Jodie Whittaker: 'It’s about learning to live'
After roles in Broadchurch and Attack the Block, Whittaker plays a film fangirl in Adult Life Skills
Jodie Whittaker: “You get to make a new little family every couple of months and all live together in a bubble of make-believe. Who wouldn’t want that job, eh?” Photograph Eamonn McCormack/WireImage)
As of this morning, Jodie Whittaker is a brunette. Again.
“I’m raging,” says the irrepressible 34-year-old. “I had it blonde for my last job, but when I’m not working I keep it blonde for myself. But I’ve had to dye it brown this morning for Broadchurch. I’m not raging really. It’s a small price to pay. It’s brilliant. I love Broadchurch. Even if I always look brown and glum in the photographs.”
If Jodie Whittaker didn’t exist, Harry Enfield or Paul Whitehouse would have had to invent her as a much-loved Fast Show character, the sort that scores a novelty hit at Christmas. A bouncy ball of energy and enthusiasm, you’d never guess that Whittaker has a 14-month old baby at home, or that she is one of the busiest bees in showbusiness, having lately completed ++work on The Assets for Netflix, Kevin Macdonald’s thriller Black Sea, The Smoke for Sky TV and Get Santa. She is currently preparing for Journeyman, actor Paddy Considine’s second film as a writer-director.
“That’s what’s brilliant about being an actor,” Whittaker says. “Every one of those projects is a world away from the others. It’s always new and always different. You get to make a new little family every couple of months and all live together in a bubble of make-believe. Who wouldn’t want that job, eh?”
Make-believe, it transpires, is a huge part of Whittaker’s life: “My mum always says I was always brilliant at playing. I was a really good self-entertainer from a young age. Didn’t even need toys. I’m still like that. I’ve run a couple of marathons in London and New York. I can’t listen to music because headphones don’t fit my ears properly. So I have to pretend. Usually something ridiculous, like: ‘I’m in medieval England and I have to run for four hours to get medicine to the dying.’ I’m doolally like that.”
Whittaker spent a couple of years “dicking around” her native Yorkshire before moving from Huddersfield to study drama at Guildhall.
“It wasn’t as if I was thinking: will I do this or will I become a doctor?” she laughs. “There weren’t a massive amount of academic options for me.”
She was still at Guildhall in 2005, when Mark Rylance cast her in The Storm at Shakespeare’s Globe. Post-graduation, she got an even bigger break when she took a starring role in the Oscar-nominated Venus.
“Luck plays a huge part in this industry,” she says. “You do need skills to back it up. But it’s naive not to realise how much of it is luck or being in the right place at the right time, or not fucking up auditions when you really need to not fuck them up.
“With Venus, I wasn’t some out-of-work actor straight out of drama school. I was having an amazing time at the Globe. I rocked up to that first audition with confidence and a bit of rational panic.”
She laughs: “And then everyone kept asking: ‘Where did the director find you?’ Like he had picked me up on a train platform or something. I know I seem like I’m something from a documentary. But, eh, no.”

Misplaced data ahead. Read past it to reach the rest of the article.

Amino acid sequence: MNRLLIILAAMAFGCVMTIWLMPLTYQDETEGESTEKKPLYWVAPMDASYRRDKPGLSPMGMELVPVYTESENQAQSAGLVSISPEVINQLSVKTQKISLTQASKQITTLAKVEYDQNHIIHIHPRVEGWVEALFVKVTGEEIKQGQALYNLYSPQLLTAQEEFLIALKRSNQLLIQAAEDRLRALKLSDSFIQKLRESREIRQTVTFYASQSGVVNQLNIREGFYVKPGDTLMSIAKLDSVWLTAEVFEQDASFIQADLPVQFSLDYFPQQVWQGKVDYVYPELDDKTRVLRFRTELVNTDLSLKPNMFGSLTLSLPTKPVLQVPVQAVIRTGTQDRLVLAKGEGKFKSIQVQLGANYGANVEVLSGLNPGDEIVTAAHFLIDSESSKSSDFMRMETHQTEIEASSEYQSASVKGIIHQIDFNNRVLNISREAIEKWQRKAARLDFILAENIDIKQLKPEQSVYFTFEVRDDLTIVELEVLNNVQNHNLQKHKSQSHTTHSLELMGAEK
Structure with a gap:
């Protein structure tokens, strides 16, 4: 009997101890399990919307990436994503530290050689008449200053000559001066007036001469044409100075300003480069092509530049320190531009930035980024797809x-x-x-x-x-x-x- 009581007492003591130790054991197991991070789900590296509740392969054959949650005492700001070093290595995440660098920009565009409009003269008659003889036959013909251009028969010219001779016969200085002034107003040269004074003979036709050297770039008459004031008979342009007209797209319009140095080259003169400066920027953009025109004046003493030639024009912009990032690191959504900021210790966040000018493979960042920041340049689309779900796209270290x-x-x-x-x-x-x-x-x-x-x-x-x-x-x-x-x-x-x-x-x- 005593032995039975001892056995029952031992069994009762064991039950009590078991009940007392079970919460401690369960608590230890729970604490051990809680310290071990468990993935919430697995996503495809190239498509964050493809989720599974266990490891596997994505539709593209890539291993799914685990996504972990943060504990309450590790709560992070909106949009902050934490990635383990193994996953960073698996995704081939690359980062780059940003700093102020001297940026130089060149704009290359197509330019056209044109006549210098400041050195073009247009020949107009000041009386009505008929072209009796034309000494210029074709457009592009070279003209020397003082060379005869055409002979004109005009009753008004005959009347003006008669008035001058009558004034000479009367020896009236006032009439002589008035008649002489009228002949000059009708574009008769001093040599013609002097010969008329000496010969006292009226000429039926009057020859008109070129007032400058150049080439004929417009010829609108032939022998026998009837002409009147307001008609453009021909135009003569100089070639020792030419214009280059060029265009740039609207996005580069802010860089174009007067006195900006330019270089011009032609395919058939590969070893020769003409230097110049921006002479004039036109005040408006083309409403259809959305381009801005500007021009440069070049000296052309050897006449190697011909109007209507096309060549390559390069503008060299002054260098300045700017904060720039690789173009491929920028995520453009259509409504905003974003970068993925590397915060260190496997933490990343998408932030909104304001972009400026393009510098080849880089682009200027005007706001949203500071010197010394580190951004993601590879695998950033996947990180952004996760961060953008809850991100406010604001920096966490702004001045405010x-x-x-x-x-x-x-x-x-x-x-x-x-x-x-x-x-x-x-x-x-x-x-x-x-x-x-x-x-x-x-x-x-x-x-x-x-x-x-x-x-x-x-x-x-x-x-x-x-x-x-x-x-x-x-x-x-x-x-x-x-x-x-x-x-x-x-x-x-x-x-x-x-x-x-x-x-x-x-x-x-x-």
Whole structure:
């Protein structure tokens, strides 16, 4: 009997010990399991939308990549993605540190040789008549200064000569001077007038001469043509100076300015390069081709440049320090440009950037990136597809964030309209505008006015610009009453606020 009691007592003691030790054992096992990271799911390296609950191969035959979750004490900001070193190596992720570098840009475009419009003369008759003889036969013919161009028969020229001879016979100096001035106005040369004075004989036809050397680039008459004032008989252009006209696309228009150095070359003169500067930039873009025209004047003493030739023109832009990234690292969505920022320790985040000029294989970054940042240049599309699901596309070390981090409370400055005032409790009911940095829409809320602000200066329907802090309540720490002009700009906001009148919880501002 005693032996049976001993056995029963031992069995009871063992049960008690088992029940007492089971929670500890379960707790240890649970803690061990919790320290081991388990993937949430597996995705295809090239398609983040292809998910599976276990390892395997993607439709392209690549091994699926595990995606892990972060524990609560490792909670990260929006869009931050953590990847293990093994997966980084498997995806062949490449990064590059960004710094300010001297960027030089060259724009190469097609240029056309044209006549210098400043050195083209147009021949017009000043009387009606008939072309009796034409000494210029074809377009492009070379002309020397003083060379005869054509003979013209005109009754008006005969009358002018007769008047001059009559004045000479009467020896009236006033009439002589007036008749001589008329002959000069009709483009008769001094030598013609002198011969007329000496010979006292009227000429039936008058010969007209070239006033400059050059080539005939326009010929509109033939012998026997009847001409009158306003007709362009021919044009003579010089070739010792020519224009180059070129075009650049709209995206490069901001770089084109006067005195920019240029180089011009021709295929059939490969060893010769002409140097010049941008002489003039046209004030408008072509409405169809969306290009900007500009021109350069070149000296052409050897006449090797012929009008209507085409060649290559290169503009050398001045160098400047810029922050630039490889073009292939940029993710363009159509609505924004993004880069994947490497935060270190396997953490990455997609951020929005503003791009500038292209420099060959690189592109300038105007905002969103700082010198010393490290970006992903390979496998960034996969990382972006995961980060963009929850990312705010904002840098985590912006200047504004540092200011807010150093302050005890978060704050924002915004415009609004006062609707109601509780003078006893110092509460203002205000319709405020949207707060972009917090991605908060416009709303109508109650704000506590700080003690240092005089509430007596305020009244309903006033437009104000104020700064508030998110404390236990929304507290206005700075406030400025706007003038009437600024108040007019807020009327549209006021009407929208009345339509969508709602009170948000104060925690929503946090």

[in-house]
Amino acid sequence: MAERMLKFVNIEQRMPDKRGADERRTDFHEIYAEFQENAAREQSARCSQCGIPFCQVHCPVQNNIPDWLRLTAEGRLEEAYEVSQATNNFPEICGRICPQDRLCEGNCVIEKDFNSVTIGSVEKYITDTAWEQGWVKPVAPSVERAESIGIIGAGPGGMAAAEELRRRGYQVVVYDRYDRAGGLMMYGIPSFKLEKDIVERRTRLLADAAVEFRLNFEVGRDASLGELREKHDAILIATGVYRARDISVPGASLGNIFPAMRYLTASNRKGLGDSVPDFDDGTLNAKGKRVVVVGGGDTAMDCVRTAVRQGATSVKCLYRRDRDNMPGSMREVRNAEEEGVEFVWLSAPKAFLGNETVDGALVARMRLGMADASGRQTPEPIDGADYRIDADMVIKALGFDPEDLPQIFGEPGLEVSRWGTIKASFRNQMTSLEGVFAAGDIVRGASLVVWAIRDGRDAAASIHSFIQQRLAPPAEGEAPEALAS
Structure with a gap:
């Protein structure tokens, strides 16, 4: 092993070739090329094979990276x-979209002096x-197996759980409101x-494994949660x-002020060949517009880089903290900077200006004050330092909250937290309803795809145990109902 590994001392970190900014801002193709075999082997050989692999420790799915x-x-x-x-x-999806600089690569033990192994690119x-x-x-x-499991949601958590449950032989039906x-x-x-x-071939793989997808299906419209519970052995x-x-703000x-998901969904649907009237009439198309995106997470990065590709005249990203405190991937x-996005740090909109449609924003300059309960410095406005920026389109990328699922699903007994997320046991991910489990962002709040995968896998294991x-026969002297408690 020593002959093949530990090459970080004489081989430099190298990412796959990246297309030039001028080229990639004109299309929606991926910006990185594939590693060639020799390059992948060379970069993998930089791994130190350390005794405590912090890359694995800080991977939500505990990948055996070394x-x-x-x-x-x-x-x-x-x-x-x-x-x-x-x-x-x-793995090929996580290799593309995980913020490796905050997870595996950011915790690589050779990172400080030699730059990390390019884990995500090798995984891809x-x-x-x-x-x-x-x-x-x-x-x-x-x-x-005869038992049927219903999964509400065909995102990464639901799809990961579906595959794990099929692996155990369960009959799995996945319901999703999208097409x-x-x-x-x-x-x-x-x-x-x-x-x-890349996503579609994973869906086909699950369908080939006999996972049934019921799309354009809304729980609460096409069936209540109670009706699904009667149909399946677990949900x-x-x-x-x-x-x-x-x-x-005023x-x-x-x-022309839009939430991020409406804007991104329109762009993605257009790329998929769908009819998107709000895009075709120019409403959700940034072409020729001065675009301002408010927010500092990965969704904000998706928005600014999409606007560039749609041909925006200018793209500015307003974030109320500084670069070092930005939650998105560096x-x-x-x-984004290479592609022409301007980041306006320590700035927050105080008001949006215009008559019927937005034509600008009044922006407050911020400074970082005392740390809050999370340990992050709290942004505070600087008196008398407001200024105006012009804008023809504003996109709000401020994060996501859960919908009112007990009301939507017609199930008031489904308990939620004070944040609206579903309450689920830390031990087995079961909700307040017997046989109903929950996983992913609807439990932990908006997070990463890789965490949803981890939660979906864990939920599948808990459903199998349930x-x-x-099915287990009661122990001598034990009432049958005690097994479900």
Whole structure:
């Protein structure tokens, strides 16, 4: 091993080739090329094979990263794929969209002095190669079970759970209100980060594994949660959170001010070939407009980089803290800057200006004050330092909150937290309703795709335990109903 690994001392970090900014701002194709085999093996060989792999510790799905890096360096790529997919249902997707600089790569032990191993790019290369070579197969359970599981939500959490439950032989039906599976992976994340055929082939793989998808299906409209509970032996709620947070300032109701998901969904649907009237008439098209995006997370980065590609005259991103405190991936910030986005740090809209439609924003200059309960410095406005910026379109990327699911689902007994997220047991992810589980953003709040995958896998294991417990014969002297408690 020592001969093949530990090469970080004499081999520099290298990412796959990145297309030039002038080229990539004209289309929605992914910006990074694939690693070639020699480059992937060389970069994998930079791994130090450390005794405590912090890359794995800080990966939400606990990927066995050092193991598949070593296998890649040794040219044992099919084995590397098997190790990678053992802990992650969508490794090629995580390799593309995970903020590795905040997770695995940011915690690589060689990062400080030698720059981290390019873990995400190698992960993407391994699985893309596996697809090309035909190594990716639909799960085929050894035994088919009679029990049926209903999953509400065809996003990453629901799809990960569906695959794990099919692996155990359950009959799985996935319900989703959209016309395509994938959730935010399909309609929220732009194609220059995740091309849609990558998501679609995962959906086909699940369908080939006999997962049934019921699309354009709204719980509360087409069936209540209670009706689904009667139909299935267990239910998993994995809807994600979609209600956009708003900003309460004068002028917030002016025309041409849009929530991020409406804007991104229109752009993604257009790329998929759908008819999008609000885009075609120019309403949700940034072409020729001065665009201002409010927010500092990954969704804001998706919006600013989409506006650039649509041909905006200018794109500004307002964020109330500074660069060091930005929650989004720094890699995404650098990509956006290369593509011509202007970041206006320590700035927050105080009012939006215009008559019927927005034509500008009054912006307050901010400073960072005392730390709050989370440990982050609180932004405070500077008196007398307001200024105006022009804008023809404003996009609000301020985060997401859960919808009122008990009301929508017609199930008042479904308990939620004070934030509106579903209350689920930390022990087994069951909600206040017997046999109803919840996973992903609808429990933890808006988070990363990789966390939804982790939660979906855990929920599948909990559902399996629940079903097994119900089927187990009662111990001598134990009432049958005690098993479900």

Working with Peter O’Toole and Vanessa Redgrave on Venus would prove invaluable.
“It was always going to be one of the most treasured things in my career,” she says. “Even more now, knowing it was one of his last jobs. But the thing I noticed about him and Vanessa was, even though they had absolutely nothing to prove, they worked so hard on the script, they worked so hard on their choices.
“And I remember thinking: ‘If you’re still learning and discovering and studying this long into your career, then this job will never be boring’.”
Whittaker has, indeed, never been bored, having worked in a corset (Tess of the D’Urbervilles), in tart satire (Black Mirror), and with a Northern Irish accent (Good Vibrations). She’s done rom-dram (One Day), sci-fi (Attack the Block) and a much- praised interpretation of Sophocles’s Antigone.
And now she’s back doing make-believe. Adult Life Skills, the debut of writer-director Rachel Tunnard, stars Whittaker as a fangirl in her late 20s who makes lo-fi recreations of favourite films and lives in a shed at the end of her mother’s garden.
Tunnard and Whittaker have been pals since the latter crashed Tunnard’s fresher’s week with Rachael Deering, Whittaker’s best friend since primary school. Deering also features in Adult Life Skills, as does Whittaker’s husband, Christian Contreras (Zero Dark Thirty, Fury).
“It’s a really special film,” she says. “But it also celebrates who we are and what we have as a friendship. There are bits of me, bits of Rachel, and a lot of Tunnard. It’s not one of those films where she needs to get money and a boyfriend. It’s not about living as a high-flier. It’s about learning to live. It’s a brave pitch for a comedy.”
We’ve seen “sweding” movies before ( Be Kind Rewind, Me and Earl and the Dying Girl). But Adult Life Skills is the first film to feature recreations using the medium of the talking thumb. No wonder the film took home the Nora Ephron prize from the Tribeca Film Festival.
“We had already flown back after the premiere,” says Whittaker. “We were all on What’sApp, trying furiously to refresh the awards page.”
What’sApp is as far as Whittaker will go on social media, although she did have to ask Twitter to shut down a fake Jodie Whittaker account.
“She was talking about walking her dog. I thought: I don’t have a dog,” she laughs. “Really depressingly, they only had about 300 followers.”
- Adult Life Skills is available on Video on Demand from June 24th